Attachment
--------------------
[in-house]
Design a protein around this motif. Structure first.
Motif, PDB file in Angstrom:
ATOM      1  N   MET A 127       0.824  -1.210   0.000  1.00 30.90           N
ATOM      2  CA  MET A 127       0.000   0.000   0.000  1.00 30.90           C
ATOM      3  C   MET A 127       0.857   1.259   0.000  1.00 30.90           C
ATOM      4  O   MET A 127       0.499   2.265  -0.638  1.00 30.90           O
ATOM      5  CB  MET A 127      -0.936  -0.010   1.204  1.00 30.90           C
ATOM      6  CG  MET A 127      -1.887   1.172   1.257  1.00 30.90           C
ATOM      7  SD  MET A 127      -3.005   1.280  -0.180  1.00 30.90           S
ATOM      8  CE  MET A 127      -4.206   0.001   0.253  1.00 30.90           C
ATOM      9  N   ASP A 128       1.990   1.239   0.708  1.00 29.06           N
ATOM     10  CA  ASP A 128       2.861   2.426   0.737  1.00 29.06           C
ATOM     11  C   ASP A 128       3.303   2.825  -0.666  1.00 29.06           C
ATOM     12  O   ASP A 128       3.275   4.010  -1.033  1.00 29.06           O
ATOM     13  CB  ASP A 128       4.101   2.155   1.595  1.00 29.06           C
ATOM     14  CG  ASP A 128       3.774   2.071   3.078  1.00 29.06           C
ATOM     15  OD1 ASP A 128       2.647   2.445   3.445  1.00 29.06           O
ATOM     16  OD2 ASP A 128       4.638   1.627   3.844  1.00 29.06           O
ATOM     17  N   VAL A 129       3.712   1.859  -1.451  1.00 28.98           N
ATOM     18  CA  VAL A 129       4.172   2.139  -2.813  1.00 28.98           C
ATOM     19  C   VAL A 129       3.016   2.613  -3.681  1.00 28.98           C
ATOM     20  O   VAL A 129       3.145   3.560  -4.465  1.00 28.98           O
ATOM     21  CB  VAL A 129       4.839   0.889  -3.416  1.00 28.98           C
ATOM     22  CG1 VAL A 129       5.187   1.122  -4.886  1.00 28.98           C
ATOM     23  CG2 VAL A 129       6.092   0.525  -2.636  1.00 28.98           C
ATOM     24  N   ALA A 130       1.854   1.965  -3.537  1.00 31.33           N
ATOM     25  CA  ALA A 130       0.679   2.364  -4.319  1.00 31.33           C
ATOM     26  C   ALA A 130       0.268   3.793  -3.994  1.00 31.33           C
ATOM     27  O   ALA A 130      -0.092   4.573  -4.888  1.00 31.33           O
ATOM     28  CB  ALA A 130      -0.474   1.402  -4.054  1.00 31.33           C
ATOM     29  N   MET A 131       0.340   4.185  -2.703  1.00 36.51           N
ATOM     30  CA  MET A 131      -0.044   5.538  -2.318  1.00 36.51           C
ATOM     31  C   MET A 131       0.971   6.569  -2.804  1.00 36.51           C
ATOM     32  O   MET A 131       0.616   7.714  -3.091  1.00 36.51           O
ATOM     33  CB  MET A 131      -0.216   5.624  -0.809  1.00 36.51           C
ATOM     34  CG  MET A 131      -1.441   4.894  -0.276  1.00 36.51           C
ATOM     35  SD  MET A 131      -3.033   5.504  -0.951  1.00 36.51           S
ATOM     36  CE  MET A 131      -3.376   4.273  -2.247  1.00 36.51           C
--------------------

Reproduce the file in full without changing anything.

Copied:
[in-house]
Design a protein around this motif. Structure first.
Motif, PDB file in Angstrom:
ATOM      1  N   MET A 127       0.824  -1.210   0.000  1.00 30.90           N
ATOM      2  CA  MET A 127       0.000   0.000   0.000  1.00 30.90           C
ATOM      3  C   MET A 127       0.857   1.259   0.000  1.00 30.90           C
ATOM      4  O   MET A 127       0.499   2.265  -0.638  1.00 30.90           O
ATOM      5  CB  MET A 127      -0.936  -0.010   1.204  1.00 30.90           C
ATOM      6  CG  MET A 127      -1.887   1.172   1.257  1.00 30.90           C
ATOM      7  SD  MET A 127      -3.005   1.280  -0.180  1.00 30.90           S
ATOM      8  CE  MET A 127      -4.206   0.001   0.253  1.00 30.90           C
ATOM      9  N   ASP A 128       1.990   1.239   0.708  1.00 29.06           N
ATOM     10  CA  ASP A 128       2.861   2.426   0.737  1.00 29.06           C
ATOM     11  C   ASP A 128       3.303   2.825  -0.666  1.00 29.06           C
ATOM     12  O   ASP A 128       3.275   4.010  -1.033  1.00 29.06           O
ATOM     13  CB  ASP A 128       4.101   2.155   1.595  1.00 29.06           C
ATOM     14  CG  ASP A 128       3.774   2.071   3.078  1.00 29.06           C
ATOM     15  OD1 ASP A 128       2.647   2.445   3.445  1.00 29.06           O
ATOM     16  OD2 ASP A 128       4.638   1.627   3.844  1.00 29.06           O
ATOM     17  N   VAL A 129       3.712   1.859  -1.451  1.00 28.98           N
ATOM     18  CA  VAL A 129       4.172   2.139  -2.813  1.00 28.98           C
ATOM     19  C   VAL A 129       3.016   2.613  -3.681  1.00 28.98           C
ATOM     20  O   VAL A 129       3.145   3.560  -4.465  1.00 28.98           O
ATOM     21  CB  VAL A 129       4.839   0.889  -3.416  1.00 28.98           C
ATOM     22  CG1 VAL A 129       5.187   1.122  -4.886  1.00 28.98           C
ATOM     23  CG2 VAL A 129       6.092   0.525  -2.636  1.00 28.98           C
ATOM     24  N   ALA A 130       1.854   1.965  -3.537  1.00 31.33           N
ATOM     25  CA  ALA A 130       0.679   2.364  -4.319  1.00 31.33           C
ATOM     26  C   ALA A 130       0.268   3.793  -3.994  1.00 31.33           C
ATOM     27  O   ALA A 130      -0.092   4.573  -4.888  1.00 31.33           O
ATOM     28  CB  ALA A 130      -0.474   1.402  -4.054  1.00 31.33           C
ATOM     29  N   MET A 131       0.340   4.185  -2.703  1.00 36.51           N
ATOM     30  CA  MET A 131      -0.044   5.538  -2.318  1.00 36.51           C
ATOM     31  C   MET A 131       0.971   6.569  -2.804  1.00 36.51           C
ATOM     32  O   MET A 131       0.616   7.714  -3.091  1.00 36.51           O
ATOM     33  CB  MET A 131      -0.216   5.624  -0.809  1.00 36.51           C
ATOM     34  CG  MET A 131      -1.441   4.894  -0.276  1.00 36.51           C
ATOM     35  SD  MET A 131      -3.033   5.504  -0.951  1.00 36.51           S
ATOM     36  CE  MET A 131      -3.376   4.273  -2.247  1.00 36.51           C